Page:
PUBLIC INFORMATION — Sacramento County is willing to reveal that its highest-pensioned retiree is compensated at the rate of almost $727 per day, Monday through Friday. But it won't say who that is, or reveal any amounts linked to names or former positions, reports Robert Lewis for the Sacramento Bee.
How much does the highest paid Sacramento County retiree get monthly from the county's pension system?
That's a question the Sacramento County Employees' Retirement System is willing to answer.
It turns out to be $15,749.64, or an annual pension of about $189,000.
Who gets it? When did the worker retire and from which job? Are pension spiking or double-dipping contributing factors?
Those are questions SCERS isn't willing to answer. It refuses to release any specifics.In
rejecting two Public Records Act requests from The Bee, SCERS officials
said local statutes require them to keep confidential the details about
who is getting money from the system one largely funded by taxpayer money.
Three years ago, Sacramento County paid $190 million for retirement costs. That cost could approach $400 million this year.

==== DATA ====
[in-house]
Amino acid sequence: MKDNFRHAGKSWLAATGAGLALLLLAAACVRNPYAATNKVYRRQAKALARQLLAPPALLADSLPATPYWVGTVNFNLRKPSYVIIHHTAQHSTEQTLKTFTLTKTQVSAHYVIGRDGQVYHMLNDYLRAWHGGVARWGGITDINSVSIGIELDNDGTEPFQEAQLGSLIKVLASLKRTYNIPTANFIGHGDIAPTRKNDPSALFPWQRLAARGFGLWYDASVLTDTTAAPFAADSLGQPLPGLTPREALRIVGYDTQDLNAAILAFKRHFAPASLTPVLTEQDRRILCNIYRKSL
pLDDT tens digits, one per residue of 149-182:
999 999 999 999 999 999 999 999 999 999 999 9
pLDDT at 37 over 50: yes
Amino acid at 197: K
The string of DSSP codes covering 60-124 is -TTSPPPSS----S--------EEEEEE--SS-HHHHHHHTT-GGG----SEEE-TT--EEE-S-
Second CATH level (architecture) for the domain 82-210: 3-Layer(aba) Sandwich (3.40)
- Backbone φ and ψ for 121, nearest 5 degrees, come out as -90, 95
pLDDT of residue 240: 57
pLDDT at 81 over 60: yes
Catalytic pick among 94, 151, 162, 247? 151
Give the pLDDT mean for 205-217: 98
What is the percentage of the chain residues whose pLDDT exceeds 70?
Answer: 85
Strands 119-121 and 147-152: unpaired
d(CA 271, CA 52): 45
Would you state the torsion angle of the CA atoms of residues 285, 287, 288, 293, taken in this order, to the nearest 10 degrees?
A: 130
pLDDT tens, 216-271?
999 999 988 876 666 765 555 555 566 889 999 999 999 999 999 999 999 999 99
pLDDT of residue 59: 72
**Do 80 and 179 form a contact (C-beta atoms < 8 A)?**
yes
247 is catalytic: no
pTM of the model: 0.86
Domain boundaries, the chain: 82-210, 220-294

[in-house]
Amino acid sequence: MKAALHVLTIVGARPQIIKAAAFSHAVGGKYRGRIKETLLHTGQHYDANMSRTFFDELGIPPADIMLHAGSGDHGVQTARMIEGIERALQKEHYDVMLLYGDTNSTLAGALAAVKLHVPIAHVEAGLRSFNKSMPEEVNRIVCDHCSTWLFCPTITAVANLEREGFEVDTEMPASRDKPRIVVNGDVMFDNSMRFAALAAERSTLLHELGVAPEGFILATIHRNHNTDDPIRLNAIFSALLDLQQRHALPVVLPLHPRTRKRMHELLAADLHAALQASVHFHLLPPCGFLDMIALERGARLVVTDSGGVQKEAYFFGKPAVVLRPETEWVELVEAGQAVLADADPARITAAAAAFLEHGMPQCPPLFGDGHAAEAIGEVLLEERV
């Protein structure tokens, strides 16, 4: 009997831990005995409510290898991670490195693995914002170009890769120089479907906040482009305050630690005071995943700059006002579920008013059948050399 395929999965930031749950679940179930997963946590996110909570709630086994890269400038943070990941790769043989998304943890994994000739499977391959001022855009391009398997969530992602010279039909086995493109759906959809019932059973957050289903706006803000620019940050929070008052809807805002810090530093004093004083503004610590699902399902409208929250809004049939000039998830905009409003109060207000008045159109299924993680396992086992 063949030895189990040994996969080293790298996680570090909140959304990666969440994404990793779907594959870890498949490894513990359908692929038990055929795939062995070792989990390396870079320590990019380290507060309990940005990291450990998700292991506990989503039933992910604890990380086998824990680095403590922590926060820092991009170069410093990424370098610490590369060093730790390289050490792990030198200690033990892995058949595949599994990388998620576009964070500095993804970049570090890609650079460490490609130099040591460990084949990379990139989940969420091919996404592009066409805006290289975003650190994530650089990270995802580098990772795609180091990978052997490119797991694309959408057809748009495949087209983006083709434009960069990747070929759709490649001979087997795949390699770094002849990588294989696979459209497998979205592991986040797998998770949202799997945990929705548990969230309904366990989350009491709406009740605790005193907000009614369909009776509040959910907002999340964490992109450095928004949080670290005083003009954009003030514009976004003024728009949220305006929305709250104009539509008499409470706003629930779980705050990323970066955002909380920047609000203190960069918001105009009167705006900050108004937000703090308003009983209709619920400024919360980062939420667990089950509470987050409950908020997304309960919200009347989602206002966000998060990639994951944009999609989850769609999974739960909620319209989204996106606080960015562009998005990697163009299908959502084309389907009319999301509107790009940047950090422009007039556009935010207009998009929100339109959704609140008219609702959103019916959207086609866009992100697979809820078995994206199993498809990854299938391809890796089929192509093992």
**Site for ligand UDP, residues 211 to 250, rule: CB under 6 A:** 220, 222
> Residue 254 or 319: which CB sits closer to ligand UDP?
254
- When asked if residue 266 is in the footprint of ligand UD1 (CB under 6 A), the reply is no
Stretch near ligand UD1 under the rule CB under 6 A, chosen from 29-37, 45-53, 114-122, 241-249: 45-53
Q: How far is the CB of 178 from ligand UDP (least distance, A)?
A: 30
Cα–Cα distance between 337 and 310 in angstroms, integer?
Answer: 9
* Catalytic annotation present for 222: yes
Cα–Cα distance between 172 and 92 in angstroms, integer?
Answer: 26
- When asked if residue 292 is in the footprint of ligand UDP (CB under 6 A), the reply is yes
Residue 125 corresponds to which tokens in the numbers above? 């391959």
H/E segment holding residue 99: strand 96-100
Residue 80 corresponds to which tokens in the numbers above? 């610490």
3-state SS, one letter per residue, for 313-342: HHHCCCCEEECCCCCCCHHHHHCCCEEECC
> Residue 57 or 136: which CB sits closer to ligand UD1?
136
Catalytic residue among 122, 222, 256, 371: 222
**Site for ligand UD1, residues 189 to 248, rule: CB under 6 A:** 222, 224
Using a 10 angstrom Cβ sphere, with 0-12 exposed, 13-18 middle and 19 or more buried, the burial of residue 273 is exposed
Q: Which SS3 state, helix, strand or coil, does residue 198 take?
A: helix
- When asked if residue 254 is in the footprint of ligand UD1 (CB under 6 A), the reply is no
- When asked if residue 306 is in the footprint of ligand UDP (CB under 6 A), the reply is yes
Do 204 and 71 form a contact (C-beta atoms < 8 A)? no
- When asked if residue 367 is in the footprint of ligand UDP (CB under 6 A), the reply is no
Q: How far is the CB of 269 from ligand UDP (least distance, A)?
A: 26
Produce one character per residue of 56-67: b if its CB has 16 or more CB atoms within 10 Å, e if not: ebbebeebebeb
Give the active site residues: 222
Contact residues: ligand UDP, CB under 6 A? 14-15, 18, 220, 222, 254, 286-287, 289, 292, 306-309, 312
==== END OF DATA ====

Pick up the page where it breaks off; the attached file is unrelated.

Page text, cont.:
Last spring, a watchdog group, the California Foundation for Fiscal Responsibility, posted an online database of all retirees drawing pensions from the California Public Employees' Retirement Systemthe state systemwho were getting more than $100,000 a year.
A number of counties, however, have their own system, and some haven't released the information.
May, The Bee asked for a list of Sacramento County retirees who got at
least $8,333 monthly, ($100,000 for the year). The SCERS lawyer said
the information was confidential and would send only a list of dollar
amounts and the departments with the most retirees getting big bucks.
Actually, very few county retirees get such big paydays, according to information SCERS did release.
April, 221 retirees were getting $100,000 a year in SCERS pensionsjust 2.8 percent of total retirees drawing from the system. "In
contrast, we think it is important to note that more than 70 percent of
our retirees and beneficiaries received less than $3,000 in that month,
and of that number, 26 percent receive less than $1,000 per month,"
SCERS wrote in its letter to The Bee.